Tag Archives: Catalysis


Catalysis band photo

CATALYSIS (from l-r): Sean Ramson (rhythm guitar), Callum Rennie (drums), Col MacGregor (vocals/bass), Drew Cochrane (lead guitar)


Since forming in late 2016, Scottish four-piece Catalysis have been fusing together elements of groove, thrash, and death metal to bring their growing legion of followers a metalcore sound that is distinct and original.

Having unveiled their debut EP, ‘Into The Unknown’, to good reviews last year, the band are now eager to show how they have progressed musically with a self-titled follow-up, to be released in the run-up to Christmas.

To tell me about that, and more, was the Dundee quartet’s lead guitarist, Drew Cochrane.

How did the band get together?

My old band split up right around the same time as our drummer Callum’s old band, so we decided to get together for a jam and see what happened. It went well, so I brought in the other guitar player from my old band too (although he has now left and has been replaced by Sean, who incidentally played bass in the old band).

How did the name Catalysis come about?

It’s actually quite a lame reason, but basically, we were struggling to come up with names, and my dad had mentioned to me in the past that he’d always wanted to use that name for a metal band (he plays predominantly in punk bands), so I thought I’d put it to use for him.

The word is to do with chemical reactions, though, something science-y that we only have a loose grasp of.

What would you say was your approach to songwriting?

I’d say our typical approach is that generally either Sean or myself will bring a song to the band, more or less musically finished as a recorded demo with programmed drums, and then from there, we’ll iron out any parts that we’re not 100% convinced about in the rehearsal room.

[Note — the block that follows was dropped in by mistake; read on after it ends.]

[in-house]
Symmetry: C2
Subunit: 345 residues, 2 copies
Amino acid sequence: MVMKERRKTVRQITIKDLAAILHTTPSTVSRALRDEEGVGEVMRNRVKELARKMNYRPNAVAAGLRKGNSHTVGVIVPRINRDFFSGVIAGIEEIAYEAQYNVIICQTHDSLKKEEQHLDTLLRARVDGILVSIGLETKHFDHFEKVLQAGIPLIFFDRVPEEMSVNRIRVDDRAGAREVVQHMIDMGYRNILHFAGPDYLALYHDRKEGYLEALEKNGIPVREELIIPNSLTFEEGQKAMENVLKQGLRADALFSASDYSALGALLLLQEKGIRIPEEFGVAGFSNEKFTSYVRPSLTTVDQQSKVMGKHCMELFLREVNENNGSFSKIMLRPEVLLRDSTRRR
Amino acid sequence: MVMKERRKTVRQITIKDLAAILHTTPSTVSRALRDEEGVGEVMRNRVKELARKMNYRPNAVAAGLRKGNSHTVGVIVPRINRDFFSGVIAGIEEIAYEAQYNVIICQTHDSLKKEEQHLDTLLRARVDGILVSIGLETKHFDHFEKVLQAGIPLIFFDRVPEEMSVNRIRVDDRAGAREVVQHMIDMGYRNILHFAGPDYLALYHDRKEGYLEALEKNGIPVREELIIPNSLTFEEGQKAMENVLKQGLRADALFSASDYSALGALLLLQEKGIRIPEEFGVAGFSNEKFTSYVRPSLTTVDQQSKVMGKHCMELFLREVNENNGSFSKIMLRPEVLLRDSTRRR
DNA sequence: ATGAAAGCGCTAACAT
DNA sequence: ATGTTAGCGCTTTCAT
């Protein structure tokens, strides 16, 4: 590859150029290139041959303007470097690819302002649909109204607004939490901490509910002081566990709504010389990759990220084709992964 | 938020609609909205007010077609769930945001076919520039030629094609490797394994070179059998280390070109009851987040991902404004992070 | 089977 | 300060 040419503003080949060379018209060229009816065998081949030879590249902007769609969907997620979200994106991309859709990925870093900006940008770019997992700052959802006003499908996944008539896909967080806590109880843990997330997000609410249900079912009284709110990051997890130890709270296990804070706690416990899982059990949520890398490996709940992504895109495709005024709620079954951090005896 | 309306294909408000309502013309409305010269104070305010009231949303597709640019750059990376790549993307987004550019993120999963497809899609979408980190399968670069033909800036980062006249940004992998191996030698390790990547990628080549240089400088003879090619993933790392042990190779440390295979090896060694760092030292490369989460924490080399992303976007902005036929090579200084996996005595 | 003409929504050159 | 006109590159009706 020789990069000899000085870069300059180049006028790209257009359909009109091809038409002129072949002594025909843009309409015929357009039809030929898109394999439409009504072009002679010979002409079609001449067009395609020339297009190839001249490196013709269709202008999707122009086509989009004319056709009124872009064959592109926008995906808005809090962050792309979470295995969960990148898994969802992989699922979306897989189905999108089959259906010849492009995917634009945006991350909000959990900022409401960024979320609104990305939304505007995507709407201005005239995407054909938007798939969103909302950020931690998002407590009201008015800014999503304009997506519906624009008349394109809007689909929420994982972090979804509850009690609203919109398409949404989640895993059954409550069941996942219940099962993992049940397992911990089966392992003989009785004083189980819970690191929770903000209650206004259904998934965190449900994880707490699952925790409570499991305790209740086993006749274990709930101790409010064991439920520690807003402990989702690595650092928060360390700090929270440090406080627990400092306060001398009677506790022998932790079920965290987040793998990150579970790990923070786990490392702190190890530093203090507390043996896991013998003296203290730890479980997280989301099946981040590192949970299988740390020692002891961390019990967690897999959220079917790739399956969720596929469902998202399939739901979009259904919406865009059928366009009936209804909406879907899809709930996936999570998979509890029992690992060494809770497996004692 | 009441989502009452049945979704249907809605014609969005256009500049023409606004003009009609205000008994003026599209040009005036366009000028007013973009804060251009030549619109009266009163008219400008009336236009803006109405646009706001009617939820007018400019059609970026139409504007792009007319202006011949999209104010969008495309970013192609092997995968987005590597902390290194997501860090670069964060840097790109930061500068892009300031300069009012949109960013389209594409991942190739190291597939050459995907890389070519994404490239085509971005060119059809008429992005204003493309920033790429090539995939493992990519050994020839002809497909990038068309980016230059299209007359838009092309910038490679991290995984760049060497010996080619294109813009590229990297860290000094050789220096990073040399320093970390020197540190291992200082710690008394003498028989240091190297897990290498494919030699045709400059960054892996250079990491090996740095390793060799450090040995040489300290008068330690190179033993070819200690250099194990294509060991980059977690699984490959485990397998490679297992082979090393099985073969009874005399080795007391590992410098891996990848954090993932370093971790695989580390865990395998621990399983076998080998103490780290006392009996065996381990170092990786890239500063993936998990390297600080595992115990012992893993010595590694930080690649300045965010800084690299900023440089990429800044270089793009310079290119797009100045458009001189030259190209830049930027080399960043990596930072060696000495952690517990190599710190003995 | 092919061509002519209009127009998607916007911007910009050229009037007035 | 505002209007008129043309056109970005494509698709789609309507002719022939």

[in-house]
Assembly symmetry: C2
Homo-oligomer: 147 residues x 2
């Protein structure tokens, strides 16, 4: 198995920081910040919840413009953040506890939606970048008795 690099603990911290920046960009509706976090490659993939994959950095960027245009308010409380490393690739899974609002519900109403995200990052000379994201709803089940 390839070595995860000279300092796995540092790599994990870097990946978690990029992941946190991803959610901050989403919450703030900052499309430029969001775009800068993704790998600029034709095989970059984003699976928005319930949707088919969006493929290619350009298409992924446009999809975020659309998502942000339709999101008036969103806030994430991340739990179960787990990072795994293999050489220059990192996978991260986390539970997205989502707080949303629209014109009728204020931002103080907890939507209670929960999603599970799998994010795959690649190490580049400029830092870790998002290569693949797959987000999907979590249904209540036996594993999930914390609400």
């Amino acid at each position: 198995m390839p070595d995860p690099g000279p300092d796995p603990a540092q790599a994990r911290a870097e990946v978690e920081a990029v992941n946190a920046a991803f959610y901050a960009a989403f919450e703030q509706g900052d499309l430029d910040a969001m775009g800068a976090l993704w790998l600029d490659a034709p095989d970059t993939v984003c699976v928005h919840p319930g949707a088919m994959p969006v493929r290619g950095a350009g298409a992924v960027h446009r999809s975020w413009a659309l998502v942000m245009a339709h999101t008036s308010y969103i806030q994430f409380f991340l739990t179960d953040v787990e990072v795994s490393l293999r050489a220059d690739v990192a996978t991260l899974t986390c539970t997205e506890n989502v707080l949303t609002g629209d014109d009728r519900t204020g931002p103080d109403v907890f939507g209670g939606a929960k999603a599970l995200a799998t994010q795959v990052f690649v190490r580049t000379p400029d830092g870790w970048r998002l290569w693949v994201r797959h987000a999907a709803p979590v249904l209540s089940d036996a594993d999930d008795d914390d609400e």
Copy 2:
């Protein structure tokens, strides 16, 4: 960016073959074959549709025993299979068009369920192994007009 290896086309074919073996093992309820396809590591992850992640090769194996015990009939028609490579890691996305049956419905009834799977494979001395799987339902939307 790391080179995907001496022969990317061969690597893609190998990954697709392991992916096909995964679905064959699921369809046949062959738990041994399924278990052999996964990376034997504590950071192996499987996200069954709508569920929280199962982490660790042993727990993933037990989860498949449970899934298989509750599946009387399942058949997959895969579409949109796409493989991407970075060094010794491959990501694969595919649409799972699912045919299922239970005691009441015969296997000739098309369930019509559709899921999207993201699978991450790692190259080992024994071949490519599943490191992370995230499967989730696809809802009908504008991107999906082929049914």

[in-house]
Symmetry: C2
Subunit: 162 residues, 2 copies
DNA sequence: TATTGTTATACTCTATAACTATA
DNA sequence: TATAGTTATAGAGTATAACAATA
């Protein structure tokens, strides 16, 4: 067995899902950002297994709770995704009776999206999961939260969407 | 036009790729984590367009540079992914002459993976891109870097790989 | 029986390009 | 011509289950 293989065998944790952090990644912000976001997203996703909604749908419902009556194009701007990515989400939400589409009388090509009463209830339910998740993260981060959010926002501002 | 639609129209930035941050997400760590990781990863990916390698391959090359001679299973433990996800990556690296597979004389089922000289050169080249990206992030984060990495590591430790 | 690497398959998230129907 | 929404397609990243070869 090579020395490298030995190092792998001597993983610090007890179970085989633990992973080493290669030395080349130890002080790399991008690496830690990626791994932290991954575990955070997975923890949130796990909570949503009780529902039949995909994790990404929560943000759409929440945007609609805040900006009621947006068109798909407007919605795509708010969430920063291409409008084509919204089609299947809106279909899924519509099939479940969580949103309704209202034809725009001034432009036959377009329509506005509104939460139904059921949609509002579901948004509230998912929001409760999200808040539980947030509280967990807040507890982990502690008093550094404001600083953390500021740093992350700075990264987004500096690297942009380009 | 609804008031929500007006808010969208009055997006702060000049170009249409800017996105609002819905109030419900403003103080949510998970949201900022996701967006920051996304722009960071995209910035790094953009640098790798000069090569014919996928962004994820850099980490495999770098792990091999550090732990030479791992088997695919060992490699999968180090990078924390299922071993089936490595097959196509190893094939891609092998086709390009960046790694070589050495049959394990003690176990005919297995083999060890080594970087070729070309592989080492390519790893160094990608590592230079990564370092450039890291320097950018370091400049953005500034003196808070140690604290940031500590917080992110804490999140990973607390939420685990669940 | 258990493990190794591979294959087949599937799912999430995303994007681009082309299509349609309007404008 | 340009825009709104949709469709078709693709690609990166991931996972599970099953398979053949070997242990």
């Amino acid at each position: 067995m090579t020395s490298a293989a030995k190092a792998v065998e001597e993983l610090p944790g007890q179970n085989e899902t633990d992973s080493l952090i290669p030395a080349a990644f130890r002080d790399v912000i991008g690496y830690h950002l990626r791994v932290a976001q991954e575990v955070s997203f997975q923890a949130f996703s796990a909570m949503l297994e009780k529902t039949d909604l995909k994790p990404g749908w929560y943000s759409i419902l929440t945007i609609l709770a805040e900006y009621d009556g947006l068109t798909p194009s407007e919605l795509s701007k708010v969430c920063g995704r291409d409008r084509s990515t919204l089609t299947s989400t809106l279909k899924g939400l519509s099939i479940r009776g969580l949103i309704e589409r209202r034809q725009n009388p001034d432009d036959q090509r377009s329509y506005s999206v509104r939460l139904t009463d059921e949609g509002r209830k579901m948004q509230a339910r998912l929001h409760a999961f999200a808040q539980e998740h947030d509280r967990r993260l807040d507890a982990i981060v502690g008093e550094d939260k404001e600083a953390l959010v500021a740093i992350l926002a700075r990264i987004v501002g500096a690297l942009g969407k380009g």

Once we’ve cemented the music, Col will demo his vocals over the track, and we’ll start to work on vocal arrangements and backing together. Usually, because I like to cause myself unnecessary stress whenever I can, I leave writing solos to the last minute when we’re sending off the finished tracks for mixing.

We do sometimes write together in a room as a band too, but most of the time, someone is bringing the bulk of the song to the table pre-written, and the “in the room” part is just the polishing.

What inspires the band lyrically?

On the new EP, there are a couple of tracks which more or less cover the fact that humanity is a brutal destructive force (‘Nothing Left’, ‘Deadline’), a song about the Highland Clearances (for those who don’t know, a very dark period in Scotland’s national history), and a couple of songs that are more about personal things – dealing with struggles and making choices, etc, so we cover a few different angles with our writing.

Actually, our last EP had songs about fantasy stuff, as our old singer was super into Dungeons and Dragons, etc.

Last year, you brought out a debut EP, ‘Into The Unknown’, to good reviews. How was the response to that for you all personally?

The response was great, and obviously as a new band with a first release, we were pretty happy about it.

However, the last EP didn’t really reflect the band, as it was written before Sean or Col joined the band, and they had no real input to it. I think the other thing that somewhat diminished the positive feedback to the EP was that we weren’t massively happy with the production.

Open Eyes Productions, who mixed it, are great, but I think we tried to have too tight a control on the sound, and they didn’t really know how to achieve the sound we wanted, so we ended up with something that wasn’t their best work, and wasn’t what we wanted either.

Next month, the band will be releasing a self-titled follow-up. How has the recording process been?

The recording process for the new EP couldn’t have been smoother. It’s 2018, which means that we’re able to do a lot of the recording ourselves these days – this is great, because it helps keep costs down, and the quality up, as we have as much time as we want to track parts and experiment with layering things without worrying about breaking the bank.

The drums were all tracked at a local studio, then we recorded all the guitars, bass, and vocals at my house, then we sent them off to be mixed.